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Flu: The Story Of The Great Influenza Pandemic of 1918 and the Search for the Virus that Caused It

3.88  ·  Rating Details  ·  4,307 Ratings  ·  261 Reviews
In 1918 the Great Flu Epidemic killed an estimated 40 million people virtually overnight. If such a plague returned today, taking a comparable percentage of the U.S. population with it, 1.5 million Americans would die.

The fascinating, true story of the world's deadliest disease.
In 1918, the Great Flu Epidemic felled the young and healthy virtually overnight. An estimated f
Paperback, 352 pages
Published January 9th 2001 by Touchstone (first published 1999)
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Jeffrey Keeten
Mar 25, 2013 Jeffrey Keeten rated it really liked it  ·  review of another edition
”This is a detective story. Here was a mass murderer that was around 80 years ago and who’s never been brought to justice. And what we’re trying to do is find the murderer.”--Jeffery Taubenberger, molecular pathologist

There are estimates that the 1918 Flu killed anywhere from 20 million to 100 million people dwarfing the number of people killed in World War One. Either number is horrifying, but as modern scientists start putting data together the larger number becomes more realistic. I’ve always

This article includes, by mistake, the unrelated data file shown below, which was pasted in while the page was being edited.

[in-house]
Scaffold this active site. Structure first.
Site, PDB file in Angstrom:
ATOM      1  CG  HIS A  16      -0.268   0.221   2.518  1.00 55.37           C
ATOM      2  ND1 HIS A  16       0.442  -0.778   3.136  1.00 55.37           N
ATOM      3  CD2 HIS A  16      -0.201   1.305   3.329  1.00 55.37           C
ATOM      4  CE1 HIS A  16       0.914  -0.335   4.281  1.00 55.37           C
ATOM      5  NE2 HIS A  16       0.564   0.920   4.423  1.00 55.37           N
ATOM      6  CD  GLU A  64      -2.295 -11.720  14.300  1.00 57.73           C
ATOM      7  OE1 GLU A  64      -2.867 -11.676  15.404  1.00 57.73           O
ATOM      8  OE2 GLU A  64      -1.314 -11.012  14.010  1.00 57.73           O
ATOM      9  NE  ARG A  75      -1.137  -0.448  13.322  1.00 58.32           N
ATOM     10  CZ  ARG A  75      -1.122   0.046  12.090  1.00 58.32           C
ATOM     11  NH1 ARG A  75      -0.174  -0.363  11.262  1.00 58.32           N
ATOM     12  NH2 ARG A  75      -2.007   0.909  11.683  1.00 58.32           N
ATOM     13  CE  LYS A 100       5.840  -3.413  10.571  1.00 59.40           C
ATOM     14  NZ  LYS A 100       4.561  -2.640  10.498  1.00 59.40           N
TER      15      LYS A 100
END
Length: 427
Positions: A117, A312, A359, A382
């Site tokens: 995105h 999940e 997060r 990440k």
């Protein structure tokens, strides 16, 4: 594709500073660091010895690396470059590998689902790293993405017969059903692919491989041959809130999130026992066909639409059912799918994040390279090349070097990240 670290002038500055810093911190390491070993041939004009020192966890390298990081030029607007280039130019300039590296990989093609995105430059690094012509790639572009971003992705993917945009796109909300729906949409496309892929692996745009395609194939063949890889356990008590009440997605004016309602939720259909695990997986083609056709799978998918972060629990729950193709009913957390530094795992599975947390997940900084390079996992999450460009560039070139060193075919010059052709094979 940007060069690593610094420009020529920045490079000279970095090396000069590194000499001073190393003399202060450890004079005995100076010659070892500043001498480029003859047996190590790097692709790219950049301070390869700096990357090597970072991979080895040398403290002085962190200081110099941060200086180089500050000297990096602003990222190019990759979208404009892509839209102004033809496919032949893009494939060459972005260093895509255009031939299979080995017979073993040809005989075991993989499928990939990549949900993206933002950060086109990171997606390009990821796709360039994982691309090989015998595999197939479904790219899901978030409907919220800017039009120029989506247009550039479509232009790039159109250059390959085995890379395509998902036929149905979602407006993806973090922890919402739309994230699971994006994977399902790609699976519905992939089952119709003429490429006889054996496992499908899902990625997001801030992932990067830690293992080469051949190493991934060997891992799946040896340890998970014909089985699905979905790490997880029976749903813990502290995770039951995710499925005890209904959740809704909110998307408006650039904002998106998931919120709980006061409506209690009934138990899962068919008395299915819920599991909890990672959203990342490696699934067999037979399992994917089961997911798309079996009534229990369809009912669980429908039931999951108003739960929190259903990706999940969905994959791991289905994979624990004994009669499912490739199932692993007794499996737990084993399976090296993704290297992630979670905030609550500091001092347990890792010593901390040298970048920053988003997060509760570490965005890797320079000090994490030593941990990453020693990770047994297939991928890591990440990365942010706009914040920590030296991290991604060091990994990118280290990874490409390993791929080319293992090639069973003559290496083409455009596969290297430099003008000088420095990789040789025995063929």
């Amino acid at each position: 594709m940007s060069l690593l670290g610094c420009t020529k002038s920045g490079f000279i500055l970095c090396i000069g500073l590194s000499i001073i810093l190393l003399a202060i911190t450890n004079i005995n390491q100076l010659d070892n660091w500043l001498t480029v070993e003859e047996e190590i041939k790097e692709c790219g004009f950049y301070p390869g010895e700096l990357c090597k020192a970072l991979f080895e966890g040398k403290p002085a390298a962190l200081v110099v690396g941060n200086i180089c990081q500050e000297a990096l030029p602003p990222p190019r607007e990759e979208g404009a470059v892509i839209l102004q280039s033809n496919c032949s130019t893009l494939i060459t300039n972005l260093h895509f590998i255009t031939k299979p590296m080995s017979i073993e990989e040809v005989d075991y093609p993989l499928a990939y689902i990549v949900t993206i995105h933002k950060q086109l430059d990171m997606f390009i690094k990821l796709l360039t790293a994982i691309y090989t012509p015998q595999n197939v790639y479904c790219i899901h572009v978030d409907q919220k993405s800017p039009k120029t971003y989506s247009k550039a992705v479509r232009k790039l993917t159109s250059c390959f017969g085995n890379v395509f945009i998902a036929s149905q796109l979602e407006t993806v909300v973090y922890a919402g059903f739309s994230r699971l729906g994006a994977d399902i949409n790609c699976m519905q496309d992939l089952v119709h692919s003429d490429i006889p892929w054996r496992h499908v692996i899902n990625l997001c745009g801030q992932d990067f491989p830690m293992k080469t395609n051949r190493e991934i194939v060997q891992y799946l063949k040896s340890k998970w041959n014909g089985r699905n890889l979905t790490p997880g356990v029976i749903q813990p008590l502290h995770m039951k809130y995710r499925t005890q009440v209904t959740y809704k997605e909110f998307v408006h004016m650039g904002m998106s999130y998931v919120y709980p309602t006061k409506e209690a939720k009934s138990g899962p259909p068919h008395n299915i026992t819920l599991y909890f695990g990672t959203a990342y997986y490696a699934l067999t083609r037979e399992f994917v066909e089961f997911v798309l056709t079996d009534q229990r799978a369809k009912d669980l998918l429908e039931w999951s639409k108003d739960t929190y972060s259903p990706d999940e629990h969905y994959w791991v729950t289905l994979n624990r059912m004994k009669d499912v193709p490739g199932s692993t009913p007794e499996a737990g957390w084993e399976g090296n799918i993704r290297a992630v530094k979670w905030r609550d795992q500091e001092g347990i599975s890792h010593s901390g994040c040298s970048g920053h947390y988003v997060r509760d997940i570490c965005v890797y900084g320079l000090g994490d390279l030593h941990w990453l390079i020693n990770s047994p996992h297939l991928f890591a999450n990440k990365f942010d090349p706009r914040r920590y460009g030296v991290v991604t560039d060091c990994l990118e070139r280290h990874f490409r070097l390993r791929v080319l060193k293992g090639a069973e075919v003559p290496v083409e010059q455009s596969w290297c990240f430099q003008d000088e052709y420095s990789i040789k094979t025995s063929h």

Ned Ryerson
Aug 04, 2008 Ned Ryerson rated it liked it
I love a good disease book. And I think the 1918 flu is just about as fascinating as you can get. But this book talks more about theories and old-timey labs than it does about the human side of this epidemic. Which, let's face it, is what's really interesting. Imagine all of a sudden having a common illness sweep through your community and kill young healthy people so fast that you don't even have time to bury them right. That's some serious shit. This book just didn't do it justice. I would lik ...more
Lynne King
This book was just excellent and that's all that needs to be said.

I recommend it to anyone who has an interest in medical history and likes Germ Theory. Why I didn't study science at university instead of the arts is beyond me.